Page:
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ANC cannot pay salaries – and owes SARS millions

ANC cannot pay salaries – and owes SARS millions

The cash-strapped ANC is struggling to pay salaries after the South African Revenue Service (SARS) laid claim to R17 million because of unpaid taxes.

This is according to a report in the Sunday Times, which said SARS has garnisheed R17 million allocated to the ANC by the IEC for the first quarter of 2021/22.

Luthuli House general manager Febe Potgieter informed employees of the situation on Friday.

“Due to continued financial difficulties, this situation of uncertainty with regard to the exact date of payment of salaries is likely to continue for the coming three to six months,” Potgieter wrote.

“We appeal to the financial institutions and other creditors of our staff to take note that late payments by no means are the fault of the individual staff, and therefore not to penalise them for this unfortunate situation.”

According to ANC insiders, the party had an R80 million tax bill when Paul Mashatile became treasurer-general in December 2017, while the party reportedly owed a further R140 million in provident-fund debt.

Insiders allege that the tax bill includes millions of rands in PAYE tax which was deducted from salaries, but not paid to SARS.

“When the current [treasurer-general] came into office there was an R80m debt that he inherited that was owed to Sars,” an ANC insider said.

“To date, he has paid over R100m servicing that debt and its interest. But because of the interest, the debt remains high to date.”

The news that the ANC has been unable to pay salaries will be a particularly bitter pill for staff to swallow following recent revelations of corruption involving the ruling party.

A forensic investigation found that Econ Oil and Energy secured deals to supply Eskom with fuel oil at inflated prices by paying inducements – including donations to the ANC.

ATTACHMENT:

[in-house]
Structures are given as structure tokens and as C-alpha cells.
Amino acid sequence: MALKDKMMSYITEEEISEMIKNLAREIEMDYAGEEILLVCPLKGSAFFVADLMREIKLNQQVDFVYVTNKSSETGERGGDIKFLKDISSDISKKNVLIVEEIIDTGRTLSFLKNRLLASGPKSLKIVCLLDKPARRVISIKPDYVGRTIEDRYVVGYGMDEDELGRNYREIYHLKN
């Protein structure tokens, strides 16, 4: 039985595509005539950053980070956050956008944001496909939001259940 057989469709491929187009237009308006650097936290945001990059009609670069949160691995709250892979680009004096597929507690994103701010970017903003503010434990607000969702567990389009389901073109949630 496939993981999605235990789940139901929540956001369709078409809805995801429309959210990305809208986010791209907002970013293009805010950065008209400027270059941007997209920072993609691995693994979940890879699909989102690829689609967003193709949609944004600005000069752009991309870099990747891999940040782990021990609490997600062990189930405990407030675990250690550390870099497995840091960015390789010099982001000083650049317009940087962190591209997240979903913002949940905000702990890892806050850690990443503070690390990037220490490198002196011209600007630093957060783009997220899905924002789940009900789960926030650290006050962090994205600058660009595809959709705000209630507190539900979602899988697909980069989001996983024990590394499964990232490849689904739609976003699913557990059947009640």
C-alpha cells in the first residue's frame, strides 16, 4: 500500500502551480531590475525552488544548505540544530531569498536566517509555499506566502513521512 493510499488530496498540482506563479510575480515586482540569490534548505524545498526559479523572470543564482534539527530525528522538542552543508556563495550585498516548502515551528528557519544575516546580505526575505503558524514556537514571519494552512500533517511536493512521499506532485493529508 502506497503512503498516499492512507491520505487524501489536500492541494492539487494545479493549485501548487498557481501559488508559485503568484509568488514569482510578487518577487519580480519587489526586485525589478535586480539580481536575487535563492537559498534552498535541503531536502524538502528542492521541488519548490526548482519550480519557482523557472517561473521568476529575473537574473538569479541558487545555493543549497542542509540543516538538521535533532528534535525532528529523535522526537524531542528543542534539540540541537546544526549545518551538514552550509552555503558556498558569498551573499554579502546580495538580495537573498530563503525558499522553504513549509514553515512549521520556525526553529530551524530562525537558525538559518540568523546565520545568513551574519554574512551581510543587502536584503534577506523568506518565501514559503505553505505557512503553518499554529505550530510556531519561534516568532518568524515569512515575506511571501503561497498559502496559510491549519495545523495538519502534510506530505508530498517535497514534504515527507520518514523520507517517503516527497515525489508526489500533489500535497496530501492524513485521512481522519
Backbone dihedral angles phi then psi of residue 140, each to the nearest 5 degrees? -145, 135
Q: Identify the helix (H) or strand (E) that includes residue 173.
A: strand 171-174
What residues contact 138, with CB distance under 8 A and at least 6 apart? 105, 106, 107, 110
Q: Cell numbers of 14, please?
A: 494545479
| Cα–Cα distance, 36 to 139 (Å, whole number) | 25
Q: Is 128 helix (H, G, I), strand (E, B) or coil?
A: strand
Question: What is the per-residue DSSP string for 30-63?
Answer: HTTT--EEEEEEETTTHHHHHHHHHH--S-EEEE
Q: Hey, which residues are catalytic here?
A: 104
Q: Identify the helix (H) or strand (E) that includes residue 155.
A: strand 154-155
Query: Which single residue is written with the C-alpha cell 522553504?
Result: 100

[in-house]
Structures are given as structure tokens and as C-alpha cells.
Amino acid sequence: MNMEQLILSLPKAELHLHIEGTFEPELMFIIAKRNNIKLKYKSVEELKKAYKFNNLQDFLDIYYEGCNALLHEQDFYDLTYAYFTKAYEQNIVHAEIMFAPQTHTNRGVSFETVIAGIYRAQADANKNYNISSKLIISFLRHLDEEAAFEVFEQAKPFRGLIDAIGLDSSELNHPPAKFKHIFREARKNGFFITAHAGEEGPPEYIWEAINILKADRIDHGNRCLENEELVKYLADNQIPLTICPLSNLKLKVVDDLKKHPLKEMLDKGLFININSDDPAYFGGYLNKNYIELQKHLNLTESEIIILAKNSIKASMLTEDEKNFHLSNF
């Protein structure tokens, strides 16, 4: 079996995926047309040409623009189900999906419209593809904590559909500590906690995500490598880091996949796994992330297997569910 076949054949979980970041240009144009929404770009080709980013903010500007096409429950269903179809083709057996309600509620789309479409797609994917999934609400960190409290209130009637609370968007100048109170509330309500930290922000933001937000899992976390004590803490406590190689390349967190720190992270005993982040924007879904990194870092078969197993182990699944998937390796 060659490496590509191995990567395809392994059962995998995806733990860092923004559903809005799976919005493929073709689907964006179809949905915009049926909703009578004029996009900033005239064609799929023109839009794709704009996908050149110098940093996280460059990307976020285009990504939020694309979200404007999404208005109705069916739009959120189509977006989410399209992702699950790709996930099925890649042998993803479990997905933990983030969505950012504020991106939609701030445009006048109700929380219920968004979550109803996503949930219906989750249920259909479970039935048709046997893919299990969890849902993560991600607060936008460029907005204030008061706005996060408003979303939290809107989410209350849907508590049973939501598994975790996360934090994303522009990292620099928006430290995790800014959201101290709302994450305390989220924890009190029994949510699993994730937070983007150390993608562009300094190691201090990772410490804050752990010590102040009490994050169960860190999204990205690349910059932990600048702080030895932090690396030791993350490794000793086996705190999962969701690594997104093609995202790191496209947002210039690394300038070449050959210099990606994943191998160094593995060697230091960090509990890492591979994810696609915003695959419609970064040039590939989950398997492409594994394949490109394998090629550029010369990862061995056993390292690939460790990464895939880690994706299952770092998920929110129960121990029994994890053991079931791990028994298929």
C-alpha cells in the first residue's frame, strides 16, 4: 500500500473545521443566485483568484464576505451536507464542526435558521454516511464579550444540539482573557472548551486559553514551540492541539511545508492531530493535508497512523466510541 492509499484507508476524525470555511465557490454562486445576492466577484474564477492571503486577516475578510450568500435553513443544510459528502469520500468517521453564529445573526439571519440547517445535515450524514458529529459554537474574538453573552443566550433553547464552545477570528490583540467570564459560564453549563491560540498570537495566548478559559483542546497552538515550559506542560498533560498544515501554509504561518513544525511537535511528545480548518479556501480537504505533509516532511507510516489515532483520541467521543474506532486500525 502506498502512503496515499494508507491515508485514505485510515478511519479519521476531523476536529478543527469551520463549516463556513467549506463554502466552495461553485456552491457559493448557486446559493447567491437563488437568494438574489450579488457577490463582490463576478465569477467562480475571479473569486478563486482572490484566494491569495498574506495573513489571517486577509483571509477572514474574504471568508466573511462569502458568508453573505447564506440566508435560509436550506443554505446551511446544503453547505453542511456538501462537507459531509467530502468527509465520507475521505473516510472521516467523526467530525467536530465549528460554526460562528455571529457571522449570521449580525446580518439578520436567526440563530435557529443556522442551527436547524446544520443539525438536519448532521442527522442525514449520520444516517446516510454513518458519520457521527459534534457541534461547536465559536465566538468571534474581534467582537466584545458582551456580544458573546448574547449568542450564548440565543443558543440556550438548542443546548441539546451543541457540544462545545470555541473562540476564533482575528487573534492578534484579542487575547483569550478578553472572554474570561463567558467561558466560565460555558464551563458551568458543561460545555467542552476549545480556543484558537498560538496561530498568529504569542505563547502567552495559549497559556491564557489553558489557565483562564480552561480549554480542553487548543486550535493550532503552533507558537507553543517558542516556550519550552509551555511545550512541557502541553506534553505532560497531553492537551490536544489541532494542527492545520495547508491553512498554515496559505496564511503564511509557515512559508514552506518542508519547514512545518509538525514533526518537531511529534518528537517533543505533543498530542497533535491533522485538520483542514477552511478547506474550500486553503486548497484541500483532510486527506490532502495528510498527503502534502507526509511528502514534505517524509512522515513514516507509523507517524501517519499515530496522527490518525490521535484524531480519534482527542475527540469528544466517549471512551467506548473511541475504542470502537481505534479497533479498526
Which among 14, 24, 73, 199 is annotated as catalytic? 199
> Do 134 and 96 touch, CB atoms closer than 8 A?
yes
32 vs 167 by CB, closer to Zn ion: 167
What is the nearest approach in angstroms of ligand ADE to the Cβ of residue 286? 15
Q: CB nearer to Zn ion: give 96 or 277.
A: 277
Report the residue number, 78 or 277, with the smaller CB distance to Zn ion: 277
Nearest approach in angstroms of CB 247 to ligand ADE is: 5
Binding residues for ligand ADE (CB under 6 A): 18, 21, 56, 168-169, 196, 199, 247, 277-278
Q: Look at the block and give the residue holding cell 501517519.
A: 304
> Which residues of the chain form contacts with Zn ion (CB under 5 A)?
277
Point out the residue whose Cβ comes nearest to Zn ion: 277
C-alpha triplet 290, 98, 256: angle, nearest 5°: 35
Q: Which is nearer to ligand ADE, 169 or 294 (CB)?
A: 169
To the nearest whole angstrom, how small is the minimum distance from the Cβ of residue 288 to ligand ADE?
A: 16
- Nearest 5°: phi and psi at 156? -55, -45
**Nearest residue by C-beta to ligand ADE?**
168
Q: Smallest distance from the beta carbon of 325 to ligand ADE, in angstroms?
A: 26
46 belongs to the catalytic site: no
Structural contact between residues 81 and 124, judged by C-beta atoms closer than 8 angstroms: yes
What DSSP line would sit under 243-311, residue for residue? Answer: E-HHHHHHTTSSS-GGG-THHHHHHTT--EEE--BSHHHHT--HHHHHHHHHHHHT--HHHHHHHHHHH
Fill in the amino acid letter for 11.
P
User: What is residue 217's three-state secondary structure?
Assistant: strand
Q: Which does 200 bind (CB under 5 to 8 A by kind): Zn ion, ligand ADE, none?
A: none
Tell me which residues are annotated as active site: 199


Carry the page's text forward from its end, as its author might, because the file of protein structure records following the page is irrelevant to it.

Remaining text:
Econ allegedly won the contracts with the help of Thandi Marah, who was the senior manager of business enablement at Eskom at the time.

Legal firm Bowmans, which Eskom commissioned to conduct the probe, alleged that Marah interfered in the tender processes.

The report alleges that Marah and Econ’s only director, Nothemba Mlonzi, pressured Eskom staff to disclose other fuel suppliers’ prices to Econ Oil ahead of the conclusion of tenders.

It also details a request Marah made to Mlonzi to make a payment to a women’s charity, and Mlonzi also reportedly paid for Marah and other Eskom staff to attend an ANC fund-raising dinner.

The price of a table at this dinner ranged from R150,000 to R700,000.

Mlonzi denied the allegations in a response to Eskom.

The failure to pay ANC salaries follows President Cyril Ramaphosa committing to taking a hard stance on corruption and criminality in the ANC earlier this year.

In his closing address to the ANC’s NEC meeting on 14 February, Ramaphosa said the Consitution and the rule of law are “sacrosanct” and must be respected.

“To allow anything else would lead to anarchy and open the floodgates easily for counter-revolution,” said Ramaphosa.

“Corruption and state capture, as well as lawlessness, are against the core principles and values of the ANC.”

He also noted that the NEC has adopted guidelines on dealing with those within its ranks found to have acted against the law, or of other serious misdemeanours.

These guidelines indicate that any ANC member facing criminal charges should step aside voluntarily.





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